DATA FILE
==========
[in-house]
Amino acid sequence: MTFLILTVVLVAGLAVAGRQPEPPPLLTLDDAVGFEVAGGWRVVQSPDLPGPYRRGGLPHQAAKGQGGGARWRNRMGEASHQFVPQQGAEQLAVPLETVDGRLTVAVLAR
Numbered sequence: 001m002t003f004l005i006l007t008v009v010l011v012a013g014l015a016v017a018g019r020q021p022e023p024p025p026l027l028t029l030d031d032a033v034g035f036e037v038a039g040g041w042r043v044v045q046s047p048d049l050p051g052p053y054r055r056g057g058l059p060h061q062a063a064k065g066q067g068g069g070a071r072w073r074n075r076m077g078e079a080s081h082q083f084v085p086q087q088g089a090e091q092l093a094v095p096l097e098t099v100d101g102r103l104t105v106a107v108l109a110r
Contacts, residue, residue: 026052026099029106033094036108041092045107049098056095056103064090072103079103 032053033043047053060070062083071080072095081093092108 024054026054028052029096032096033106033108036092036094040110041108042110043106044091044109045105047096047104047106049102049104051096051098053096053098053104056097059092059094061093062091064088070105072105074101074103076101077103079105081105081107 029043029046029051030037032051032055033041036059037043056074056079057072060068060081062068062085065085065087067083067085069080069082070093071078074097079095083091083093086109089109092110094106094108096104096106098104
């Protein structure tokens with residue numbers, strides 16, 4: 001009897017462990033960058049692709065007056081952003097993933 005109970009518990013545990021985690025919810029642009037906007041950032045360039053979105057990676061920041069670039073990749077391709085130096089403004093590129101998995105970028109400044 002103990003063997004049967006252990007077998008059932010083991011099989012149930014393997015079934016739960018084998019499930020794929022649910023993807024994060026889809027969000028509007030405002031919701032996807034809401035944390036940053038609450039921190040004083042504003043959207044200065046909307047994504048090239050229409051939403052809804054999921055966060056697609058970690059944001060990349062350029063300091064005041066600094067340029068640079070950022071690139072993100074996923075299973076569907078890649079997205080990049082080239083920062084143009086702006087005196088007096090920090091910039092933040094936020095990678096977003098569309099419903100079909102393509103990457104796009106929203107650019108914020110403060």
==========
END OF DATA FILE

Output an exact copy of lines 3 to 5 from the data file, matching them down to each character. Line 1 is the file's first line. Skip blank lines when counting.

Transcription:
Numbered sequence: 001m002t003f004l005i006l007t008v009v010l011v012a013g014l015a016v017a018g019r020q021p022e023p024p025p026l027l028t029l030d031d032a033v034g035f036e037v038a039g040g041w042r043v044v045q046s047p048d049l050p051g052p053y054r055r056g057g058l059p060h061q062a063a064k065g066q067g068g069g070a071r072w073r074n075r076m077g078e079a080s081h082q083f084v085p086q087q088g089a090e091q092l093a094v095p096l097e098t099v100d101g102r103l104t105v106a107v108l109a110r
Contacts, residue, residue: 026052026099029106033094036108041092045107049098056095056103064090072103079103 032053033043047053060070062083071080072095081093092108 024054026054028052029096032096033106033108036092036094040110041108042110043106044091044109045105047096047104047106049102049104051096051098053096053098053104056097059092059094061093062091064088070105072105074101074103076101077103079105081105081107 029043029046029051030037032051032055033041036059037043056074056079057072060068060081062068062085065085065087067083067085069080069082070093071078074097079095083091083093086109089109092110094106094108096104096106098104
């Protein structure tokens with residue numbers, strides 16, 4: 001009897017462990033960058049692709065007056081952003097993933 005109970009518990013545990021985690025919810029642009037906007041950032045360039053979105057990676061920041069670039073990749077391709085130096089403004093590129101998995105970028109400044 002103990003063997004049967006252990007077998008059932010083991011099989012149930014393997015079934016739960018084998019499930020794929022649910023993807024994060026889809027969000028509007030405002031919701032996807034809401035944390036940053038609450039921190040004083042504003043959207044200065046909307047994504048090239050229409051939403052809804054999921055966060056697609058970690059944001060990349062350029063300091064005041066600094067340029068640079070950022071690139072993100074996923075299973076569907078890649079997205080990049082080239083920062084143009086702006087005196088007096090920090091910039092933040094936020095990678096977003098569309099419903100079909102393509103990457104796009106929203107650019108914020110403060």